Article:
The peaceful atom will lead Russia down a blind alley
07.04.2011 — Analysis
The accident at the Fukushima-1 nuclear power plant in Japan dealt a massive blow worldwide to atomic energy's reputation. Many countries are ready to close their operating reactors and are eschewing the construction of new ones. Russia stands as a stark exception to this trend. The tragedy in Japan has not shaken the faith of the Russian government in the power of the peaceful atom. As currently envisioned, our nuclear capacity will be increased by 26 new reactors by 2030. "RusBusinessNews" questioned experts about Rosenergoatom's plan and found them to be quite uneasy about this prospect, to put it mildly. These experts believe that this increased nuclear capacity is not only a threat to the country's security, it also runs counter to basic economic logic.
The Fukushima syndrome
The tragedy in Japan has once again raised doubts about peaceful nuclear energy and has rattled the entire planet. Reaction has been strongest in Europe, where about 150 nuclear reactors are operating (more than a third of all the reactors in the world). Immediately after the explosion at Fukushima-1, Europeans took to the streets demanding an end to the use of atomic energy, and their governments heeded their pleas. German Chancellor Angela Merkel announced the temporary closure of all nuclear power plants built before 1980. Switzerland and France decided to make changes to their nuclear plans. The Fukushima syndrome also affected the US and a number of Asian countries, particularly Thailand.
But Russia took a different stance. The country's officials said they do not intend to abandon plans to increase the country's nuclear capacity. In addition, some projects will be completed ahead of schedule. Rosenergoatom intends for the percentage of electricity produced through nuclear fission to increase from 16 to 25% in 20 years, by building 26 new reactors.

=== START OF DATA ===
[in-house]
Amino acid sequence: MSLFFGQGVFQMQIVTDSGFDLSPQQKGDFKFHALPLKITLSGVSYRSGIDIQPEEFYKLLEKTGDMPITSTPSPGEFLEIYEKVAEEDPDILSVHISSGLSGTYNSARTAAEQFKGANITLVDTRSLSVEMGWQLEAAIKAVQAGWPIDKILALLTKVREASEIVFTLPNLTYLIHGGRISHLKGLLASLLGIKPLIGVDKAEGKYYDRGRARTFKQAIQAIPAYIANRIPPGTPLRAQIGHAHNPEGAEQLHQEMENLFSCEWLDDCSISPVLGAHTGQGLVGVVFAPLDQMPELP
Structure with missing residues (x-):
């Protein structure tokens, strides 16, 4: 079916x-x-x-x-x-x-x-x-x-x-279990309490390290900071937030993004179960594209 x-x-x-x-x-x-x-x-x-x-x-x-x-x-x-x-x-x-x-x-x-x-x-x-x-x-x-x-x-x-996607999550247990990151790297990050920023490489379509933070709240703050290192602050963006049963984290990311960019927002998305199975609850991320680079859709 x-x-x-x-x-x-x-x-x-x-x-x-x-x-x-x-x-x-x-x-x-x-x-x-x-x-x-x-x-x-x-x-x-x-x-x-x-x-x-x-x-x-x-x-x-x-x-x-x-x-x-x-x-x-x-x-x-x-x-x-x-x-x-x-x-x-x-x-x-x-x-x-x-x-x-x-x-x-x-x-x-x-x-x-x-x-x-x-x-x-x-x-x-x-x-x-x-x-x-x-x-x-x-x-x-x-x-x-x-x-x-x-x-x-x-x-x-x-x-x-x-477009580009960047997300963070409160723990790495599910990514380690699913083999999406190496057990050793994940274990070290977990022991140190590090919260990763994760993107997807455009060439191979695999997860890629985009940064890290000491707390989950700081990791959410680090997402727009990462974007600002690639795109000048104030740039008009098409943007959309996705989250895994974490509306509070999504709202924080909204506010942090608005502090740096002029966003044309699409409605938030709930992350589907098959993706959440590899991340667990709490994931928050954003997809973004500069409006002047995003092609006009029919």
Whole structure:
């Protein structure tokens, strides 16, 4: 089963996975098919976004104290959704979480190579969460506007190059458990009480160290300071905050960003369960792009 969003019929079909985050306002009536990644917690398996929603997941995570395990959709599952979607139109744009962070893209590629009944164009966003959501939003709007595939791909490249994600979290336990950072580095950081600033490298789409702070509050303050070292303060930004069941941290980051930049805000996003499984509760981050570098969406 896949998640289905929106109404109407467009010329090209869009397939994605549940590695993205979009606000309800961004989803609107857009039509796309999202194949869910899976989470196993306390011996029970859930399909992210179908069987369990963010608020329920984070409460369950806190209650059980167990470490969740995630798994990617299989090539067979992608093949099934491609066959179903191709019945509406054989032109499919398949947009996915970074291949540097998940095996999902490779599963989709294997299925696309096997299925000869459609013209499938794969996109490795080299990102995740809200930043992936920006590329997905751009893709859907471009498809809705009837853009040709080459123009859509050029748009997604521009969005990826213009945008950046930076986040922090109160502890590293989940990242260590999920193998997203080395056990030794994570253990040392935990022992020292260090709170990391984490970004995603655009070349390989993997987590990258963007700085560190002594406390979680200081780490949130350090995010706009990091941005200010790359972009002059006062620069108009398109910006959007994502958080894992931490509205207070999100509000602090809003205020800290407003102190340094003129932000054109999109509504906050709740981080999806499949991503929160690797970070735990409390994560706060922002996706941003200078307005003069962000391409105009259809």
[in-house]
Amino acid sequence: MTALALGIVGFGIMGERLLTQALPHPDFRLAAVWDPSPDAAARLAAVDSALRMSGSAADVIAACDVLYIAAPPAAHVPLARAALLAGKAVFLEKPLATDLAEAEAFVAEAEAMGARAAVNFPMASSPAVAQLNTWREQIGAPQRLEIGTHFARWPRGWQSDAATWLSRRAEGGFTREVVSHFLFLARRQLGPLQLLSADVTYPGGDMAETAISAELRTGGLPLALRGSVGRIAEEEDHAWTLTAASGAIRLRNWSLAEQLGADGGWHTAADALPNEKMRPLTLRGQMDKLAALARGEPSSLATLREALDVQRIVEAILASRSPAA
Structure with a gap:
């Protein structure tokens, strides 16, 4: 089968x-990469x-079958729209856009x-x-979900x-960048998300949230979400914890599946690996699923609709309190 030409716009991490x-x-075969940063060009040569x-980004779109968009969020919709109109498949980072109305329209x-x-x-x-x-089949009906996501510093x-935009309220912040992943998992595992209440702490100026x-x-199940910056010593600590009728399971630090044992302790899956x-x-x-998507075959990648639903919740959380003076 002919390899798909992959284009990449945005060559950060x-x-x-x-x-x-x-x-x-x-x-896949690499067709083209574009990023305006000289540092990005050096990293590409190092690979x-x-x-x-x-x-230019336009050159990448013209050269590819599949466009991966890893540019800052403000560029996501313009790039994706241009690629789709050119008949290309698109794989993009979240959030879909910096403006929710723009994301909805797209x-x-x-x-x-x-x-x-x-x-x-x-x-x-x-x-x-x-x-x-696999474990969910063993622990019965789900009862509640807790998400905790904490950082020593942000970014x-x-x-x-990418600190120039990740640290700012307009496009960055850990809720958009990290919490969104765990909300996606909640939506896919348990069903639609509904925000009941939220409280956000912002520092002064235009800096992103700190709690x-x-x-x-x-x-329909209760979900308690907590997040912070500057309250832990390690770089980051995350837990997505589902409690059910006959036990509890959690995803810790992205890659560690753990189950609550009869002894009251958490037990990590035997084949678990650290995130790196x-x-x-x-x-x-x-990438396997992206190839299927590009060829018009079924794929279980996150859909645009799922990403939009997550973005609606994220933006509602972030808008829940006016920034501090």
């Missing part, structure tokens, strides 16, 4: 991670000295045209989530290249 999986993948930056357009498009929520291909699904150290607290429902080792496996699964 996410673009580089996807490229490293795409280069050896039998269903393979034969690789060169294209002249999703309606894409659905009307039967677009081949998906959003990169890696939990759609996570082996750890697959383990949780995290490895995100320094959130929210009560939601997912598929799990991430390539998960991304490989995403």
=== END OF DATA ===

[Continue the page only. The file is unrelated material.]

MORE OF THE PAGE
The only concession the Russian government made to the Japanese tragedy was to conduct stress tests on nuclear power plants (to check fire and radiation safety and seismic stability). The results of these tests will be known in a few months.
The devastating atom
Rosenergoatom's ambitious plans include the construction of the South Urals nuclear power plant (the Chelyabinsk region) and the erection of the BN-800 fast neutron reactor at the Beloyarsk nuclear power plant (the Sverdlovsk region). Once these reactors are operating, the major industrial regions of the Urals will be flush with electricity. In addition, the BN-800, scheduled to launch in five years, will open new horizons for Russia in the nuclear industry. The new unit will use uranium-plutonium fuel (MOX) and will be more reliable than its "slower" counterparts.
Experts are less optimistic than those in the nuclear-energy industry. They point out that every argument made by the proponents of the new nuclear facilities in the Urals and other regions of Russia runs contrary to the facts, scientific logic, and common sense.
According to Aleksei Yablokov, a well-known Russian environmentalist, nuclear power plants are not a panacea for electricity-guzzling industrial sites. A state regional power plant or a thermal power station can accomplish the same things. For example, the Sverdlovsk and Chelyabinsk regions can borrow megawatts from neighbors in the Tyumen region, Ugra, and Yamal who are willing to donate electricity. Those regions currently produce almost twice as much electricity as they consume. Opening a few gas-production facilities in the northern part of the Urals federal district would allow them to contribute additional capacity to the energy system, and this would completely eliminate the electricity shortage in the Urals.
Incidentally, the Russian government suggested this very course of action in the late 1990's. The introduction of a second 800-kilowatt unit at the Nizhnevartovsky state regional power plant would guarantee the provision of 20 billion kilowatt-hours of electricity to the Urals and would cover the current shortage there. The construction of this unit is estimated to be ten times cheaper than building a similar facility at a nuclear power plant. But the Ministry of Nuclear Energy has ignored this proposal from the Urals.